It is getting tough for gamers lately to finally get a game that has been sought after for a number of years. Most of the time, an HD remake is the best way to go, as a re-imagining of a popular franchise sometimes leads to disaster to everyone but the title’s biggest fans. That is simply not the case here. Firaxis has taken a beloved title in the successful XCOM: UFO Defense, brought almost everything that made it great and turned it into a game you may never know you wanted until you dig right in.
The gameplay can be as accessible or as painstakingly frustrating as you would like it to be with a slew of difficulty settings and modes to appeal to almost anyone that can pick up a controller. The tutorial will hold your hand through the first few sequences, and then either feeds you to the wolves or begins the punishment depending on how you setup your game. It might seem a bit silly to a new gamer, but the largely popular naming your own team members feature is back. We’re not talking simple team name, we’re talking about each team member getting their own custom name which you decide on. This makes the strategy element of this game all the more important. This turned based strategy roller coaster of emotions will take your well trained team members, permanently take them out of your lineup, and hit you with a sudden dose of realism that they are gone and someone new will need take their place. Re-spawning does not happen here, so don’t get too attached to your cleverly names squad-mates; They could be gone in an instant.
The controls are clearly designed for consoles, with intuitive movement during intense battles performed by a simple left stick movement and button press to get your team member where he needs to be within their available movement range. The right stick smoothly moves the camera around to get an idea of the layout of the current skirmish you’re in. Of course, you won’t get a complete birds-eye view of the entire battlefield, with an annoying haze covering the area of which your currently selected soldier is able to see based on their individual limitations.
The visuals will not impress anyone that is already playing any other current-gen game on the market. Character models, environments, and even the cut-scenes are nothing more than ordinary. Taking a look at other titles released around the same time will easily have you ditching this game for something more appealing. Sure you can customize your team members’ looks to your heart’s content, but it will really take a bit of imagination to feel like you’re not playing something from a console launch title. Even the cut-scenes will give you the feeling that you are re-playing a title from your back catalog, which will leave you hunting for the skip button to move on back to the gameplay.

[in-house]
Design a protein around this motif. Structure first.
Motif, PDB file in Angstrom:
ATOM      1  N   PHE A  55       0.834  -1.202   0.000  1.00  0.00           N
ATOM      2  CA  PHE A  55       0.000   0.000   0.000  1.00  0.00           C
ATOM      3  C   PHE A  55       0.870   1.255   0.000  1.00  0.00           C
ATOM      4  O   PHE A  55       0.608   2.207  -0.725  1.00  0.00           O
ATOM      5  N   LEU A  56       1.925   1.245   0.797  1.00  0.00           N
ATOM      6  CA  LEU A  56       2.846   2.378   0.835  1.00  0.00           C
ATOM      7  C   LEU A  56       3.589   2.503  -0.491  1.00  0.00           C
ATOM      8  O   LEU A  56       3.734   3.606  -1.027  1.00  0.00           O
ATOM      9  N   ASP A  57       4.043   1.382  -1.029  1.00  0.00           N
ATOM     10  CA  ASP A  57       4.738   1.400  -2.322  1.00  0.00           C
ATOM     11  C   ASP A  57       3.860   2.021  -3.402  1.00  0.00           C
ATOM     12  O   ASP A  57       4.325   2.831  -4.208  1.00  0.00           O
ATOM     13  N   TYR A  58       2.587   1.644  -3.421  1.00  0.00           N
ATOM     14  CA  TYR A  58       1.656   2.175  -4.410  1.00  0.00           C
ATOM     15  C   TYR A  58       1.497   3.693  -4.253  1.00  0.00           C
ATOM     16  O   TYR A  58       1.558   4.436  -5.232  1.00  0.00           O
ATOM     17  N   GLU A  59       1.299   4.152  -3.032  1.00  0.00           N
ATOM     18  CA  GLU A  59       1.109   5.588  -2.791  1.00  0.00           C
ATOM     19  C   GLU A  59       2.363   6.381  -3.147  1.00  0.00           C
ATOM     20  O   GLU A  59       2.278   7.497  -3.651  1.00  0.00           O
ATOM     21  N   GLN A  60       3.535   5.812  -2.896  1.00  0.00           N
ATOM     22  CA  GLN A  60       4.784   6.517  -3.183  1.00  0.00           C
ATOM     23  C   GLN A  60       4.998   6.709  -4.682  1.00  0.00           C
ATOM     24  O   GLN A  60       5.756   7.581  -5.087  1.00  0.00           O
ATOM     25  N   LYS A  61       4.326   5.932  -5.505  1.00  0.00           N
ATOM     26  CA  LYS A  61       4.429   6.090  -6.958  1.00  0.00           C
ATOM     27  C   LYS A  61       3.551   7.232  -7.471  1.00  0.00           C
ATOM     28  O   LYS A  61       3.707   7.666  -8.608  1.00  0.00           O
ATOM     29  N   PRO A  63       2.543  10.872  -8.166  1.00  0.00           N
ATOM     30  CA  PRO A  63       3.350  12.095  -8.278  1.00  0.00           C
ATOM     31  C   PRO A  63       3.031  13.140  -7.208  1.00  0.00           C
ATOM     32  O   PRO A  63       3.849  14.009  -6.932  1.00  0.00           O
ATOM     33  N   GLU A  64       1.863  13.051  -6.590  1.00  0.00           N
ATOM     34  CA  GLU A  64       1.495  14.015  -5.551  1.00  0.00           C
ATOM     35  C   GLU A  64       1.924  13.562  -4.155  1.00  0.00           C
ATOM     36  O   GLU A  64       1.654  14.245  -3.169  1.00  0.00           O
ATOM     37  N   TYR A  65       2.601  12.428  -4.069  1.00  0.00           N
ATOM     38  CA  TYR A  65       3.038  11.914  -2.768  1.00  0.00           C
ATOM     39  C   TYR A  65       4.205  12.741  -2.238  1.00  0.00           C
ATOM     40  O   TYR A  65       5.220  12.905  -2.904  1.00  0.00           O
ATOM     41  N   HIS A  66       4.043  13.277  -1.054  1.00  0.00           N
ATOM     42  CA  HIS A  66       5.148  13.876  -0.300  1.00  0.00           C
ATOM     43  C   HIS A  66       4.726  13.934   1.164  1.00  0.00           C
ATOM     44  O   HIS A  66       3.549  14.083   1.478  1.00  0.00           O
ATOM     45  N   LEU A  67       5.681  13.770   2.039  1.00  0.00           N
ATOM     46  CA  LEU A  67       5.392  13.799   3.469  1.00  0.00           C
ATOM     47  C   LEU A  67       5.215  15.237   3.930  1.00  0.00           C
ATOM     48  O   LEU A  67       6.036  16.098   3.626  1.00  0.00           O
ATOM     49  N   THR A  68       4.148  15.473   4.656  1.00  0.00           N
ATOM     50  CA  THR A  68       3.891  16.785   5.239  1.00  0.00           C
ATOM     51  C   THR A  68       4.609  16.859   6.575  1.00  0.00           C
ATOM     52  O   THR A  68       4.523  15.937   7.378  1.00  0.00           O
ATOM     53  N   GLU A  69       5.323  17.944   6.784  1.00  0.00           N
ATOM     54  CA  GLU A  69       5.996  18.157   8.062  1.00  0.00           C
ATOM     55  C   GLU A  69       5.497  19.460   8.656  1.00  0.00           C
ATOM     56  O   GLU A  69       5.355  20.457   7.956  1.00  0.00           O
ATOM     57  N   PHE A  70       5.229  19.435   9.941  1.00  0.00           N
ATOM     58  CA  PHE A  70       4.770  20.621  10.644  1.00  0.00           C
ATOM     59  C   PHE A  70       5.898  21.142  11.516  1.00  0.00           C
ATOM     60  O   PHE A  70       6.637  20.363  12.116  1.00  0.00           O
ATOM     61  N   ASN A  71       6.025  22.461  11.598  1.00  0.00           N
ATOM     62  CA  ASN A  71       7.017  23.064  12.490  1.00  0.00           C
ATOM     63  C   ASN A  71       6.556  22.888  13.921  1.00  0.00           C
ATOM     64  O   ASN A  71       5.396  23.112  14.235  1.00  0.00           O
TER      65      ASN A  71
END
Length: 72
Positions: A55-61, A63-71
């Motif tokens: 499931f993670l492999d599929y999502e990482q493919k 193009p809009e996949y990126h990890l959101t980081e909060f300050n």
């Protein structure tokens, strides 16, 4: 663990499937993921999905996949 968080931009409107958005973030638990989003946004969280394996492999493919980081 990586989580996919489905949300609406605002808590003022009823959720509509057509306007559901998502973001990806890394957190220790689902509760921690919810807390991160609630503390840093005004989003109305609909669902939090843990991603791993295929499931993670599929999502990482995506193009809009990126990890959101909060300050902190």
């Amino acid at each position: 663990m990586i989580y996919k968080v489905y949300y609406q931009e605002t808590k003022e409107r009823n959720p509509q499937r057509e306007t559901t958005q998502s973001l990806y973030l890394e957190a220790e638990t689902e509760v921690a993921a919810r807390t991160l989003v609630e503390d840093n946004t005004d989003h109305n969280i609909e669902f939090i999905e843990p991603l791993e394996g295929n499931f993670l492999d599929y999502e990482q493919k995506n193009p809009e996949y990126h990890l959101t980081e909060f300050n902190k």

Although visually bland, the game does try to impress strategy game enthusiasts by getting you right up in the face of the action by moving to an almost third-person over the shoulder view when moves are being played out on the battlefield. At first, you’ll want to start controlling the game as if it was a third-person shooter, but as soon as you realize you’re simply watching the action unfold with your decision, shooter fans will clearly want to move on to another game in their collection. Of course, if turned based strategy is right up your alley, you’re in for a special treat.
The soundtrack, like the visuals, is not anything that will blow you away. It sets the right mood, and creates the atmosphere you might be expecting, but at the end of the day, don’t expect for the music to win any awards. The sounds and voice acting follow the same expectations and will simply strike you as b-movie material. They’re not terrible by any means, but you won’t remember anything about them beyond that you might have played a sci-fi game the night before.
If you simply ignore the average sounds and visuals, you’ll see that beyond a deep single player experience is a truly engaging multiplayer mode that will keep fans of both the original and this new imagining of the series coming back for more. The head to head mode is fully customizable, with options to build a squad to your liking within a point cap, an adjustable time allowance, and a selection of maps. Serious XCOM fans will surely stick with the ranked or quick matches to minimize the amount of time between online matches.
Overall, if you’ve been waiting for the next true XCOM game, Enemy Unknown is the game you’ve been waiting for. The developers obviously focused on making the gameplay the best part of the title, and will surely be the thing fans will use to look past the average looks and sounds. If there is another turn based strategy XCOM game already in development, there is certainly room for improvement, but for now this is as good as it gets.
*2K Games provided SlimGamer.com with a review copy.